A long-known celestial body suddenly does something unexpected – and this raises questions: Is (248370) 2005 QN173 not an asteroid at all, but a comet?
Tucson/Frankfurt – Asteroids and comets are actually two completely different classes of celestial bodies, which basically have one thing in common: they’re both leftovers from when the solar system was formed. Apart from that, comets are designed like “dirty snowballs”, they are made up of dust and loose rock that are held together by ice. When a comet approaches the Sun, part of the ice sublimates and becomes directly gaseous – a characteristic tail characteristic of comets is created. On the other hand, asteroids are usually rocks that revolve around the sun without developing a tail.
In fact, asteroids and comets exist in astronomy Completely different types of celestial bodies. Every once in a while, researchers discover something that doesn’t seem to fit either category — or both. The latter applies to the celestial body with the encoded designation (248370) 2005 QN173. The orb, discovered in 2005, has long been mistaken for an asteroid. It is located in the asteroid belt (also called the main belt) between Mars and Jupiter and has been inconspicuous for a long time. But now researchers at the Planetary Science Institute (PSI) in Tucson (Arizona) have announced that the asteroid is active, that is, it is spewing gases and has developed a tail. The interview study The publication was accepted by the specialist journal Astrophysical Journal Letters.
Comet or asteroid? Celestial Body (248370) 2005 QN173 seems to be both
“Its behavior strongly suggests that its activity is due to sublimation of icy materials,” explains lead author of the study, Henry Hsieh of PSI. This makes the asteroid a so-called “main belt comet,” Hsieh explained when presenting his study at a virtual meeting of the American Astronomical Society. “It’s one of only about 20 objects that are currently confirmed or suspected to be major belt comets,” Hsieh said. Some of the 20 objects were also observed to be active only once, while the activity was observed several times for the orb (248370) 2005 QN137.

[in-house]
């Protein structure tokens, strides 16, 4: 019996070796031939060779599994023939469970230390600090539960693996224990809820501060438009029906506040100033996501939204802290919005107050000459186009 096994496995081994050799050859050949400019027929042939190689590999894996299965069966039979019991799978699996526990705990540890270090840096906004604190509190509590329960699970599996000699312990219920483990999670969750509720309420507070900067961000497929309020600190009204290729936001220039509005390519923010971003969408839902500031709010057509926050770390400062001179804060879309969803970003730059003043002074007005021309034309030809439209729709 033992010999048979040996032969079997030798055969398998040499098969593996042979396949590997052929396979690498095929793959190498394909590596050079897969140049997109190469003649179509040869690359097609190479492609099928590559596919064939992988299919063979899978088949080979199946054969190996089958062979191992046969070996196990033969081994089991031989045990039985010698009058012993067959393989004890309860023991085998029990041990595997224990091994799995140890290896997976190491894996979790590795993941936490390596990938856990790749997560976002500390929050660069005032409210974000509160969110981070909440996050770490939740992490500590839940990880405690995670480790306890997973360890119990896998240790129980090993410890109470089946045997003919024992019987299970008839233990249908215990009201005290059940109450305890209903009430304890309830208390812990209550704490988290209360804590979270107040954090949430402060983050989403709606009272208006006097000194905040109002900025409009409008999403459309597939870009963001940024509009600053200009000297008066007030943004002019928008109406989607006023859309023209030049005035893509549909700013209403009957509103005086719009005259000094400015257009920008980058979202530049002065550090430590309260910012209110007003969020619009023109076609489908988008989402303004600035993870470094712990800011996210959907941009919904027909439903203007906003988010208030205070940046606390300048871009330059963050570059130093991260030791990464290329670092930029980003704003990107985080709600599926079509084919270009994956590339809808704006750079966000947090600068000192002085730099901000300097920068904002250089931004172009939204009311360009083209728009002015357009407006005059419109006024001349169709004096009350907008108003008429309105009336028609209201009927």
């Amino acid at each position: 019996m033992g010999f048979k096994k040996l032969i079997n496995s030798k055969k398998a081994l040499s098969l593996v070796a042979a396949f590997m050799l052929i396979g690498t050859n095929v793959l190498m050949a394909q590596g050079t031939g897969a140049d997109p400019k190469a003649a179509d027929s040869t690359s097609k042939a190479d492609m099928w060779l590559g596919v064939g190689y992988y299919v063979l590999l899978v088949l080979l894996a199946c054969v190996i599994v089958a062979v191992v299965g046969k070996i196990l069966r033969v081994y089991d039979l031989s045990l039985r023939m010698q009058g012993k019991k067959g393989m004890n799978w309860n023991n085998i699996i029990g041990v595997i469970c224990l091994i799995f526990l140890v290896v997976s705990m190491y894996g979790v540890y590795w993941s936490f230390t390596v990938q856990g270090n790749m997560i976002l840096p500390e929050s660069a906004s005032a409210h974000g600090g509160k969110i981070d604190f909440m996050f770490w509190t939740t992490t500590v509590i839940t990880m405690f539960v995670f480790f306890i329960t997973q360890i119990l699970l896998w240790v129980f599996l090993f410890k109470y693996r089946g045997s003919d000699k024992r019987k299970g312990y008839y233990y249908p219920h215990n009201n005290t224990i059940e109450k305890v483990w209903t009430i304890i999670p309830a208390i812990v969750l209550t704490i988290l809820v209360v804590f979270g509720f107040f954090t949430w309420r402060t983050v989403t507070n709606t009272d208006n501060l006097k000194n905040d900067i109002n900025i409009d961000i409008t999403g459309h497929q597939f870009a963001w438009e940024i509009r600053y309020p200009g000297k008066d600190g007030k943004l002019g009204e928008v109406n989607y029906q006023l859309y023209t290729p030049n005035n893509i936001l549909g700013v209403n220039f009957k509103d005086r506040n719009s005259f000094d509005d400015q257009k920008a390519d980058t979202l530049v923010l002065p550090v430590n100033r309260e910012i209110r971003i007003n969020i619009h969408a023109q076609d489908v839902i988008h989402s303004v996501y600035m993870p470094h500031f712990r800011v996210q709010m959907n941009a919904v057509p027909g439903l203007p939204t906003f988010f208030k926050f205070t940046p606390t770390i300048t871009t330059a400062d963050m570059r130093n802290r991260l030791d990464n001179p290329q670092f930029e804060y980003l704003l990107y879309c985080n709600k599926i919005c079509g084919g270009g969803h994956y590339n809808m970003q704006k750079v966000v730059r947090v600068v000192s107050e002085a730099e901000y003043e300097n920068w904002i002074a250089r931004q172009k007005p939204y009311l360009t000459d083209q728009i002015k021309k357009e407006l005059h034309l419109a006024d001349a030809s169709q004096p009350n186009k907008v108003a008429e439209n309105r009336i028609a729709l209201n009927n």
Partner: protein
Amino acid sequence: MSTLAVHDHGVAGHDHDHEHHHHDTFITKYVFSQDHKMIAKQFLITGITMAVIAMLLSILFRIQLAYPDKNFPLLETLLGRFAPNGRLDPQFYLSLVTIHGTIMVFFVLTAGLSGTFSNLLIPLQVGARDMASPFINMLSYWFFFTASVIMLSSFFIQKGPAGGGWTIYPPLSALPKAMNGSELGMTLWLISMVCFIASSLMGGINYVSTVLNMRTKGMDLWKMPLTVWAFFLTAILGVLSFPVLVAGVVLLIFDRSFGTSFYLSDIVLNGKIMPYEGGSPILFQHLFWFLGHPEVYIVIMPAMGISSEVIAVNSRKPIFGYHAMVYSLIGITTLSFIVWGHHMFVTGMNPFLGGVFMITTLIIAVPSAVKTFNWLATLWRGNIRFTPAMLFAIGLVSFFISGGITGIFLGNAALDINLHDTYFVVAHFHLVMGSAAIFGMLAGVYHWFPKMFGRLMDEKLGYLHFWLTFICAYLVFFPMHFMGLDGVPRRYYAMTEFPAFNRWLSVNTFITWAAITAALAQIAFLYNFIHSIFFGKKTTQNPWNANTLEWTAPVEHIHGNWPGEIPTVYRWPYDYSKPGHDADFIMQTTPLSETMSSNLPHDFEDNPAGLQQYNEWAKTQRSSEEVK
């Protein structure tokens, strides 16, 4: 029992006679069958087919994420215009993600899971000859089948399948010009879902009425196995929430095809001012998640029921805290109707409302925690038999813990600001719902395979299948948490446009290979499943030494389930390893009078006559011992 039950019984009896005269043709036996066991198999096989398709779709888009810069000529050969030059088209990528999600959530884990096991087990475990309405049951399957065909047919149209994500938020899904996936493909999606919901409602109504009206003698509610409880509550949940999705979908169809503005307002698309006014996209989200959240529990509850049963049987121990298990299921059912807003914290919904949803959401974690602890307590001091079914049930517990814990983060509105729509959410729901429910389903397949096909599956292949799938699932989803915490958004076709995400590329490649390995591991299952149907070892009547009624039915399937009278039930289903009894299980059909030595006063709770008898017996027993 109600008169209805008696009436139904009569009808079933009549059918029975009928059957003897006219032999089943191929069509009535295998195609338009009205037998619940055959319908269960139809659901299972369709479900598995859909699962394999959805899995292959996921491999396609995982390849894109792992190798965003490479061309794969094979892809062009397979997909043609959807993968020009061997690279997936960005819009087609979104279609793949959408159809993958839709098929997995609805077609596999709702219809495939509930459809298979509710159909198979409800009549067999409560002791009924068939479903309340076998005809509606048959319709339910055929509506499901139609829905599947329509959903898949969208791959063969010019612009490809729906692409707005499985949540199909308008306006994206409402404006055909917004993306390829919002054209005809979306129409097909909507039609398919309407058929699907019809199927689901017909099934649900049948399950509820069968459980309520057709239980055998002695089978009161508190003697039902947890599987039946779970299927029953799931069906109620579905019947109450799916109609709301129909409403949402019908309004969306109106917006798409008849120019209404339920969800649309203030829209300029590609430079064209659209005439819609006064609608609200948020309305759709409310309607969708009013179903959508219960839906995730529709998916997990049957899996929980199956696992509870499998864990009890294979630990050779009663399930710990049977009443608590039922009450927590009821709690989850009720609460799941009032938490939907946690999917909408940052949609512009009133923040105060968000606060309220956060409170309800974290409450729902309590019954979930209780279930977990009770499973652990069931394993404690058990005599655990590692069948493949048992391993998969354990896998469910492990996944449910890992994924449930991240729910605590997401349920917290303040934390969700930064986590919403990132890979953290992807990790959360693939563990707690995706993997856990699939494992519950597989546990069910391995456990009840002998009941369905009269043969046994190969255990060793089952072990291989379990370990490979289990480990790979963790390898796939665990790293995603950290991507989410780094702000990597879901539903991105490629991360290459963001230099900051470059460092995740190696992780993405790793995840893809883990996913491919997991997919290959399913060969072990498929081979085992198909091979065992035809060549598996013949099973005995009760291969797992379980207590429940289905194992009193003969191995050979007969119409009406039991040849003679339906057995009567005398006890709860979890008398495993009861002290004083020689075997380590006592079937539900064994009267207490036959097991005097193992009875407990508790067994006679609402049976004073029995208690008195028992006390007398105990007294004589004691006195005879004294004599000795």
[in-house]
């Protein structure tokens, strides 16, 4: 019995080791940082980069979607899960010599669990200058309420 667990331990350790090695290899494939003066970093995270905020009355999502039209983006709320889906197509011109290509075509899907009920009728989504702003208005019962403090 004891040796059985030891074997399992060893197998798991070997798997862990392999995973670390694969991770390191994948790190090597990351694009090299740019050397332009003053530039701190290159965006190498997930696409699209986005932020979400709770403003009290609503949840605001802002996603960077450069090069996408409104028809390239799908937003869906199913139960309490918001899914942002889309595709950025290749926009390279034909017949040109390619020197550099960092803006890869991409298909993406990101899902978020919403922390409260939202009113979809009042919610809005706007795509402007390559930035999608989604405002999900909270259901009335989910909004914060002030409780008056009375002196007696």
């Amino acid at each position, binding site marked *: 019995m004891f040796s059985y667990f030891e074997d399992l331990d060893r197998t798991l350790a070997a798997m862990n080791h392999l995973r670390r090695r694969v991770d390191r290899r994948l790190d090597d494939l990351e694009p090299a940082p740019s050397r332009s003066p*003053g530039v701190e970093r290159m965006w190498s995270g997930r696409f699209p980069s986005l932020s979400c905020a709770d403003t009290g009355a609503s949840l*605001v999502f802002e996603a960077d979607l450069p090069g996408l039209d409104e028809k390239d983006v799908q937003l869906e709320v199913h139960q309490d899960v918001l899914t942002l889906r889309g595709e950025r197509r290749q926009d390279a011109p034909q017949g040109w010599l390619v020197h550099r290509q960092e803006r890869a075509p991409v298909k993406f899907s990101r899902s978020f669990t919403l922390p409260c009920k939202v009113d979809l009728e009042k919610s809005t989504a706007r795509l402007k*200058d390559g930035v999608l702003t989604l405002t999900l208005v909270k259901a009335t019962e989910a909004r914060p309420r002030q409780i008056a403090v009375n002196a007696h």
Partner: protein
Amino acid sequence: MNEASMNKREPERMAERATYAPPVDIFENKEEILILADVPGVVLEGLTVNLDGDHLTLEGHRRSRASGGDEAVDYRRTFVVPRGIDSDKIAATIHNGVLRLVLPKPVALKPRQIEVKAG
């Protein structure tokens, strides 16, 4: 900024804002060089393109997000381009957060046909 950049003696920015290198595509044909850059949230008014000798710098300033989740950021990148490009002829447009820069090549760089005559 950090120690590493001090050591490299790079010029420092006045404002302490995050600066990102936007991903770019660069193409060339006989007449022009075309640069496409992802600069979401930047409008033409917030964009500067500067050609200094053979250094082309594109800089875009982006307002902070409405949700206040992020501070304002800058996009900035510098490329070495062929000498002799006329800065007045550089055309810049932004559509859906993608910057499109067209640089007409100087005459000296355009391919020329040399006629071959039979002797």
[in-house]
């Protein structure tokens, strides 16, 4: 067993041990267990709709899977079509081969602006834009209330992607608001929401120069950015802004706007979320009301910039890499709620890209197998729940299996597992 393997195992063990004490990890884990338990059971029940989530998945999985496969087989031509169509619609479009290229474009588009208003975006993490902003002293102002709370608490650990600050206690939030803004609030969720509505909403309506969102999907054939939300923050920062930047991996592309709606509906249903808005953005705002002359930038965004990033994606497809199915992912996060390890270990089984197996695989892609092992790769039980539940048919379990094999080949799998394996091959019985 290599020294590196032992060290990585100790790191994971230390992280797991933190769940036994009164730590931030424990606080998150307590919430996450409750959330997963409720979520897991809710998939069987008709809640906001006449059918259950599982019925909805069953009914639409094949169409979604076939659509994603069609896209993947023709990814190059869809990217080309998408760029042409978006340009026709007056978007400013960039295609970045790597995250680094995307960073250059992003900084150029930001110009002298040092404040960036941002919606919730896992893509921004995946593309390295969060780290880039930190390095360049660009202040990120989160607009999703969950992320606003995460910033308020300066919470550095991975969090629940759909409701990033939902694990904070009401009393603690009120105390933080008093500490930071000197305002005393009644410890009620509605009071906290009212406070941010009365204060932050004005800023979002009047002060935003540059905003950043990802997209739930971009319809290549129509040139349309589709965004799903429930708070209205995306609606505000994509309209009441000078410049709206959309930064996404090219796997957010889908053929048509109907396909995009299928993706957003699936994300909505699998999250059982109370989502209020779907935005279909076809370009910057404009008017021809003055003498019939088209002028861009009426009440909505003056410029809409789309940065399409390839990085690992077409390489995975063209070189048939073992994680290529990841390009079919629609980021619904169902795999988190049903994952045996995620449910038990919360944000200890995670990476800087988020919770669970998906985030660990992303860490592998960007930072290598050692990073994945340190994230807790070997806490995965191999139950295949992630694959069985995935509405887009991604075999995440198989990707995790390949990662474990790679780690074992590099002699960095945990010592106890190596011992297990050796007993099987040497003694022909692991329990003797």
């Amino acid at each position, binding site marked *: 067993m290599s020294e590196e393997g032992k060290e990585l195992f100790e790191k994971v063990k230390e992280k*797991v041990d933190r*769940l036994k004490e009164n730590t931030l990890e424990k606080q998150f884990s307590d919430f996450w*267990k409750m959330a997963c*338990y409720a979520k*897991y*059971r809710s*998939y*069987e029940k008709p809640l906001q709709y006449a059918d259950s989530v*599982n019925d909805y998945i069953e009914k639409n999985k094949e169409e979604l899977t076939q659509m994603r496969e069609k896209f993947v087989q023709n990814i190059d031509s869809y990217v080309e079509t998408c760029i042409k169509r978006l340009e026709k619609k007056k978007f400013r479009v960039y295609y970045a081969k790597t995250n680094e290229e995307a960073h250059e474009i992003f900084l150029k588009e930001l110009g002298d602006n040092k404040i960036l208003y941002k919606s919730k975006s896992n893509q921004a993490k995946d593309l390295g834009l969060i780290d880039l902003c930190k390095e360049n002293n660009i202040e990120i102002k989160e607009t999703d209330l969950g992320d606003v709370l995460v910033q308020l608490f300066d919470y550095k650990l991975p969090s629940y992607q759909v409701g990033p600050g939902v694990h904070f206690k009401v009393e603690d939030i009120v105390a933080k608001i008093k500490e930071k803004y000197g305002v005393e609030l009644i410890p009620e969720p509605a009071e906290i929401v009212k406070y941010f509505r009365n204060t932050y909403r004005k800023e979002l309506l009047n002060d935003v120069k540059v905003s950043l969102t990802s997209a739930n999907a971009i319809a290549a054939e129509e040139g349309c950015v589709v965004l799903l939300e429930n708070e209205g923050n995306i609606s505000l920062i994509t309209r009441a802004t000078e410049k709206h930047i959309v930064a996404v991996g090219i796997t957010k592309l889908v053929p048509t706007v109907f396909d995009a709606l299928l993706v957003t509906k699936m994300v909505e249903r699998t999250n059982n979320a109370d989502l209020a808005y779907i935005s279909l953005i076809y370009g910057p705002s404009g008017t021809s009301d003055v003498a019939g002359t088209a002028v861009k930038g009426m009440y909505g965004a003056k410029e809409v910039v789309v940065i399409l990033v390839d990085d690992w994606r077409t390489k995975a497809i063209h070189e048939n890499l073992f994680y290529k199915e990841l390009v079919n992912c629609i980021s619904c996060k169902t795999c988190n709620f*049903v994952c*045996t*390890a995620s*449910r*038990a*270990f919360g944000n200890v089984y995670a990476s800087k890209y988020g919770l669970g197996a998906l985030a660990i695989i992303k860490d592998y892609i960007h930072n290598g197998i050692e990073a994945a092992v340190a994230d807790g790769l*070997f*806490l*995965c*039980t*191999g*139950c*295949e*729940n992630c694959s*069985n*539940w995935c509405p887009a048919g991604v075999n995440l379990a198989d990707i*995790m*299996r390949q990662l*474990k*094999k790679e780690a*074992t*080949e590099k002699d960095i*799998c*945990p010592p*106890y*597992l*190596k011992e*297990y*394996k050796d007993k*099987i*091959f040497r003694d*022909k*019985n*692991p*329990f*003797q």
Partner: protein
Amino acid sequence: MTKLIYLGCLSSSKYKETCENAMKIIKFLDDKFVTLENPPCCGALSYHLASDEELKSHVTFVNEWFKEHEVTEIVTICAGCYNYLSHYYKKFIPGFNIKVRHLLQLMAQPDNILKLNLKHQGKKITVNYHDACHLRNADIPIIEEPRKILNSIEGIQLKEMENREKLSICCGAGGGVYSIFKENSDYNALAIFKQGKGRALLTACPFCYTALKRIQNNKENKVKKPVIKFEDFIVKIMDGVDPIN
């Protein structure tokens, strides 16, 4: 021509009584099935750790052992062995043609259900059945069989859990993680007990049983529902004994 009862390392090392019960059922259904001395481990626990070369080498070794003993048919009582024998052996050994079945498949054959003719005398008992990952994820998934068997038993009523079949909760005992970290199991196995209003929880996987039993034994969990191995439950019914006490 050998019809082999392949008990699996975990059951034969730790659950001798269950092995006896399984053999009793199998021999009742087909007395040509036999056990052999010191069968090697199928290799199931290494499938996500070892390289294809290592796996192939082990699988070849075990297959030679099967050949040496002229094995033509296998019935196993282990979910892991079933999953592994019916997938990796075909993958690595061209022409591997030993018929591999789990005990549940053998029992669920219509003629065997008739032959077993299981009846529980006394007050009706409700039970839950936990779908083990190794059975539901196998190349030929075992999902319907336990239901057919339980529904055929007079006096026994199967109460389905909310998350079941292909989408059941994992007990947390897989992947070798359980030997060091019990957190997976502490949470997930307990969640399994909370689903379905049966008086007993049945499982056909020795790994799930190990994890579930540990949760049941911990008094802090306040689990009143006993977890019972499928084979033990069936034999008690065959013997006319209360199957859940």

“247370 can be considered asteroids and comets, or more precisely, as a major asteroid in the belt, which has only recently been recognized as a comet,” Hsieh is trying to identify the orb. “It meets the physical definitions of a comet because it is very likely to be icy and blow dust into space, even if it is orbiting around an asteroid,” Hsieh continues. “This duality and the blurring of lines between what were previously thought to be two very different types of objects – asteroids and comets – is a key part of what makes these things so interesting,” Hsieh says.
Main belt comet and asteroid in one: (248370) 2005 QN173 exciting research
Hsieh’s research team found that the comet’s nucleus, surrounded by a cloud of dust, has a diameter of 3.2 kilometers. In July 2021, the comet’s tail was more than 720,000 km long and about 1,400 km wide. The very narrow tail shows that dust particles are moving away from the core at very low speeds and that the comet’s gas flow is very weak. This, in turn, suggests that something else is helping the dust escape from the comet’s nucleus — the core might spin quickly and throw dust into space. However, more observations are needed to confirm this, Hsieh says.
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PSI researcher Hsieh and colleague David Jewett were the first to discover a new class of main belt comets in 2006. Rare main belt comets are particularly exciting to research: There is a theory that asteroid collisions once brought a significant portion of the water to Earth. Since the comets’ outgassing in the main belt likely means they still contain water, they may be worthwhile targets for future exploration. (tab)
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